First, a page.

Purification and characterization of a methionine aminopeptidase from Saccharomyces cerevisiae

Academic Article

Abstract

  • Methionine aminopeptidase (MAP), which catalyzes the removal of NH2-terminal methionine from proteins, was isolated from Saccharomyces cerevisiae. The enzyme was purified 472-fold to apparent homogeneity. The M(r) of the native enzyme was estimated to be 36,000 ± 5,000 by gel filtration chromatography, and the M(r) of the denatured protein was estimated to be 34,000 ± 2,000 by sodium dodecyl sulfate-polyacrylamide gel electrophoresis. The enzyme has a pH optimum near 7.0, and its pI is 7.8 as determined by chromatofocusing on Mono P. The enzyme was inactivated by metalloprotease inhibitors (EDTA, o-phenanthroline and nitrilotriacetic acid), sulfhydryl-modifying reagents (HgCl2 and p-hydroxymercuribenzoic acid), and Zn2+. Yeast MAP failed to cleave methionine p-nitroanilide. Among 11 Xaa-Ala-Ser analogues (Xaa = Ala, Asp, Gln, Glu, Ile, Leu, Lys, Met, Phe, Pro, and Ser), MAP cleaved only Met-Ala-Ser. MAP also cleaved methionine from other tripeptides whose penultimate amino acid residue is relatively small and/or uncharged (e.g. Pro, Gly, Val, Thr, or Ser) but not when bulky and/or charged (Arg, His, Leu, Met, or Tyr). Yeast MAP similar substrate specificities compared with those of Escherichia coli (Ben-Bassat, A., Bauer, K., Chang, S.Y., Myambo, K., Boosman, A., and Chang, S. (1987) J. Bacteriol. 169, 751-757) and Salmonella typhimurium MAP (Miller, C., Strauch, K.L., Kukral, A.M., Miller, J.L., Wingfield, P.T., Mazzei, G.J., Werlen, R.C., Garber, P., and Movva, N.R. (1987) Proc. Natl. Acad. Sci. U.S.A. 84, 2718-2722). In general, the in vitro specificity of yeast MAP is consistent with the specificity observed in previous in vivo studies in yeast (reviewed in Arfin, S.M., and Bradshaw, R.A. (1988) Biochemistry 27, 7979-7984).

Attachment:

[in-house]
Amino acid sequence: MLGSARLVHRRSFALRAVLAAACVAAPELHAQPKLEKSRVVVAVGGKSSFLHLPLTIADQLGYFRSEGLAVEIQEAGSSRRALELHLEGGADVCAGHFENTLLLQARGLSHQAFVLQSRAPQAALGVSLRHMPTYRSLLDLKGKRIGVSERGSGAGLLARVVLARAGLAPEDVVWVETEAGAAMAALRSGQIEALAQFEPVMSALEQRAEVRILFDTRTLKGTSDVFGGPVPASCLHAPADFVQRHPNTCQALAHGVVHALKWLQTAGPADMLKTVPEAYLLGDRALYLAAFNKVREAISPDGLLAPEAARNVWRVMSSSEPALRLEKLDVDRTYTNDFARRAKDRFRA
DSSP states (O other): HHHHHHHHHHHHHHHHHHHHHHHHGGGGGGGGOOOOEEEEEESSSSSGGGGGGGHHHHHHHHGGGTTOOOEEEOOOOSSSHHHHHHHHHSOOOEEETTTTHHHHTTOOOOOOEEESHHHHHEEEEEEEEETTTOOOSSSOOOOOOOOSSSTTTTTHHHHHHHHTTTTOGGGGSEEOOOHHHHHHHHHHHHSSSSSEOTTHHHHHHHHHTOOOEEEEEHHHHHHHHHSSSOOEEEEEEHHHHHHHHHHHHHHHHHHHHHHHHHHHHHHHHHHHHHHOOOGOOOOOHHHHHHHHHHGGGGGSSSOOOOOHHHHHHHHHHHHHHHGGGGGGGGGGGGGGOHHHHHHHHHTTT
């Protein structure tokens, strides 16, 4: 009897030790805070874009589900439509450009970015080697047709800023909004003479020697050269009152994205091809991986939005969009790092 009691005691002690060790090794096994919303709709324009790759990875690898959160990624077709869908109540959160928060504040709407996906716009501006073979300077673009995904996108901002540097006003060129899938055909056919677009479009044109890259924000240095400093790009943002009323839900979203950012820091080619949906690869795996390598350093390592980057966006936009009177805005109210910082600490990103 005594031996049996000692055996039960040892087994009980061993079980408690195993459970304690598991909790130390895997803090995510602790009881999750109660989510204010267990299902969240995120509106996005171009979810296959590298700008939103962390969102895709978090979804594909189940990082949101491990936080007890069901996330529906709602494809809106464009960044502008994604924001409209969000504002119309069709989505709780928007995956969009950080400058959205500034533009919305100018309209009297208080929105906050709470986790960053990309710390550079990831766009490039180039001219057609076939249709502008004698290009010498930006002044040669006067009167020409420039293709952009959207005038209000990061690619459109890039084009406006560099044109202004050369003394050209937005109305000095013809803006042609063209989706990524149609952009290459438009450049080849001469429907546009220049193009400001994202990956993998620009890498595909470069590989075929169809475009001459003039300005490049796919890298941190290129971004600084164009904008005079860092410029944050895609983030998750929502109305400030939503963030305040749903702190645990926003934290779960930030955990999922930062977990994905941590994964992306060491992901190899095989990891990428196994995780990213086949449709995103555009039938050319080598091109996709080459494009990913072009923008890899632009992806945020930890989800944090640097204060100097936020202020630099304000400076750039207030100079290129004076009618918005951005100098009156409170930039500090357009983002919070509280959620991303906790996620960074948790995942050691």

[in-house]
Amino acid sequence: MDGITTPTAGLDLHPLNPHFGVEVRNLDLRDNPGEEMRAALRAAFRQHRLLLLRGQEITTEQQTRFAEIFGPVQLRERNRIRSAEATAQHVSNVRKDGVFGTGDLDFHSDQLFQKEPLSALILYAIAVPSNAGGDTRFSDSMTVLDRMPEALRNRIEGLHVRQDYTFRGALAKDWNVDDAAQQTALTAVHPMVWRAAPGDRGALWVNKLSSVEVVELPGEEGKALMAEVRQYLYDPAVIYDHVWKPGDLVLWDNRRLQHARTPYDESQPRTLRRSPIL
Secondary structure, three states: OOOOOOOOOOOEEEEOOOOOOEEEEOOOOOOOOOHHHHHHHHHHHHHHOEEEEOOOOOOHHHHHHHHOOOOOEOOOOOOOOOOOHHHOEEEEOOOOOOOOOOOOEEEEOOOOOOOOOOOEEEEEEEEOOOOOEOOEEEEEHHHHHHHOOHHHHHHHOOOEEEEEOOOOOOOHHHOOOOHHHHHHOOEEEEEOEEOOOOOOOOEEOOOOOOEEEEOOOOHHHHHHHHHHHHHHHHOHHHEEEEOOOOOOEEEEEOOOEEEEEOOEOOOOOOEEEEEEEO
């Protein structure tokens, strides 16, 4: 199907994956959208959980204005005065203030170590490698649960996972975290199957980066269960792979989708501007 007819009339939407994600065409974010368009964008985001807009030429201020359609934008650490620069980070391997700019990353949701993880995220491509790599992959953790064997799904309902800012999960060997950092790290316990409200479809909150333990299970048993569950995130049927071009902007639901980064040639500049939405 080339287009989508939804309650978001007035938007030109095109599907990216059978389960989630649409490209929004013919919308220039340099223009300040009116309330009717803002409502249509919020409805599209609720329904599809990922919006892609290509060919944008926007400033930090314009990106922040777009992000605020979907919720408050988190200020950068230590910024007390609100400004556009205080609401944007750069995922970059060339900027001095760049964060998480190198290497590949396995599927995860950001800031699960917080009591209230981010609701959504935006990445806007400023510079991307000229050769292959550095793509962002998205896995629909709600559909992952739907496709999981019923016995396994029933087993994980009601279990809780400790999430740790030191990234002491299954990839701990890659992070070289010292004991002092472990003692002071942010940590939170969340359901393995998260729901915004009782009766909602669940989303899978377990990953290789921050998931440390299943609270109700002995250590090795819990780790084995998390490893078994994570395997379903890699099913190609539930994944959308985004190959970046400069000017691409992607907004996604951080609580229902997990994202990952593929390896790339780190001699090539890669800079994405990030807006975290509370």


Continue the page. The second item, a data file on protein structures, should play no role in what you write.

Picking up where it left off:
• Authors

    Published In

    Author List

  • Chang YH; Teichert U; Smith JA
  • Start Page

  • 19892
  • End Page

  • 19897
  • Volume

  • 265
  • Issue

  • 32